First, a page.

Effects of Cross-cultural Adjustment of Chinese Expatriates in Thailand on Perceived Supervisor Support and Subordinates’ Commitment

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Xiaoyun Guang
Peerayuth Charoensukmongkol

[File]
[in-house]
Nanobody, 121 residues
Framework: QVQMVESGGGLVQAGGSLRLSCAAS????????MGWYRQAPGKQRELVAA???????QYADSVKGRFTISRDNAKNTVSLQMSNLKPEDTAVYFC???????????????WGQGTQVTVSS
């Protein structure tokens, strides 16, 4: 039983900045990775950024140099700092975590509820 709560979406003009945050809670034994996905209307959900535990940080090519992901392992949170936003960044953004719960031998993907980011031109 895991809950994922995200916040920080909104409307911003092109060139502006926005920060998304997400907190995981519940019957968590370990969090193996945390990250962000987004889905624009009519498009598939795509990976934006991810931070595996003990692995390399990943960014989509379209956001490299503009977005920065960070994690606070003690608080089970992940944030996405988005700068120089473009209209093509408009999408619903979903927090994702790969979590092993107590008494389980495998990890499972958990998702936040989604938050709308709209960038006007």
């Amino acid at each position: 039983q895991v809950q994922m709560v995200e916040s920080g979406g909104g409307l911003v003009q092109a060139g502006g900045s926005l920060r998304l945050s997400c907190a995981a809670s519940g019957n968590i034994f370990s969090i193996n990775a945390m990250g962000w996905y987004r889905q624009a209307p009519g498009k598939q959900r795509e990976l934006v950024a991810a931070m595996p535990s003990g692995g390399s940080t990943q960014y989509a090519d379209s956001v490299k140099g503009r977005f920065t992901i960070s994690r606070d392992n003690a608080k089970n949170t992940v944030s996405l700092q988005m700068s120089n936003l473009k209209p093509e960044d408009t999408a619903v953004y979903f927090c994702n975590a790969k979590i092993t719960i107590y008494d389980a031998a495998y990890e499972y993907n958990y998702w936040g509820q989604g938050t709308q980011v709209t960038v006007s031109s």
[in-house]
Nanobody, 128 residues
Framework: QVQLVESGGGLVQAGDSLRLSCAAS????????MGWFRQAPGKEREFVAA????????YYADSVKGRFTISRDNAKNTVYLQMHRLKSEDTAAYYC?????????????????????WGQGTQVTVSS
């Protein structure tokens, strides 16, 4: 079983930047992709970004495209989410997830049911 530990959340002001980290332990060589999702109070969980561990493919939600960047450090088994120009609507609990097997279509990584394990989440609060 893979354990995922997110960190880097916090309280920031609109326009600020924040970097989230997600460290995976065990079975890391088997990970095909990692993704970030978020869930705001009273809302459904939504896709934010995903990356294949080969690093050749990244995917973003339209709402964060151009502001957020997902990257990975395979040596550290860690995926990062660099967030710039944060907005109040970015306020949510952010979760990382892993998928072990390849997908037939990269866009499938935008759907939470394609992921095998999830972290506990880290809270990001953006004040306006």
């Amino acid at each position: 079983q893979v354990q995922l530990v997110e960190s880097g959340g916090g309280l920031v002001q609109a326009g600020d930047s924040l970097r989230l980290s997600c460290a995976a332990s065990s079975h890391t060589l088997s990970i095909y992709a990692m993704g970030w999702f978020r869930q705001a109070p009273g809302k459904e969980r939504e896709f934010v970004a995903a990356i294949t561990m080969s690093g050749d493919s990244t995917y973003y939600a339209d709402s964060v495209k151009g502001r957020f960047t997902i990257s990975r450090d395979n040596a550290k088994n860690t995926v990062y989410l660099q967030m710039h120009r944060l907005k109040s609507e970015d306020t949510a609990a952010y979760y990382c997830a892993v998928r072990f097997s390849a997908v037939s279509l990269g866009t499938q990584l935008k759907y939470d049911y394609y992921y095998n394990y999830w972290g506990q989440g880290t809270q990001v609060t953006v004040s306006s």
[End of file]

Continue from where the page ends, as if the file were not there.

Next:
The contribution of expatriates’ cross-cultural adaptation to perceived supervisor support and subordinate commitment was investigated. Survey data were collected from Chinese expatriates who held supervisory positions at subsidiaries of Chinese companies in Thailand. In order to prevent common method bias from single-source data collection, data that measured cross-cultural adaptation were collected from Chinese expatriates, whereas data that measured perceived supervisor support and subordinates’ commitment were collected from Thai employees who worked for Chinese expatriates. A sample of 169 pairs of expatriates-subordinates was obtained. The results from partial least squares structural equation modeling showed that Chinese expatriates who exhibited a higher degree of cross-cultural adaptation tended to be evaluated more favorably in terms of perceived supervisor support. However, this positive contribution was only found among respondents who had longer length of work relationships. Analysis also showed that the contribution of cross-cultural adaptation to subordinate commitment was fully mediated by perceived supervisor support.


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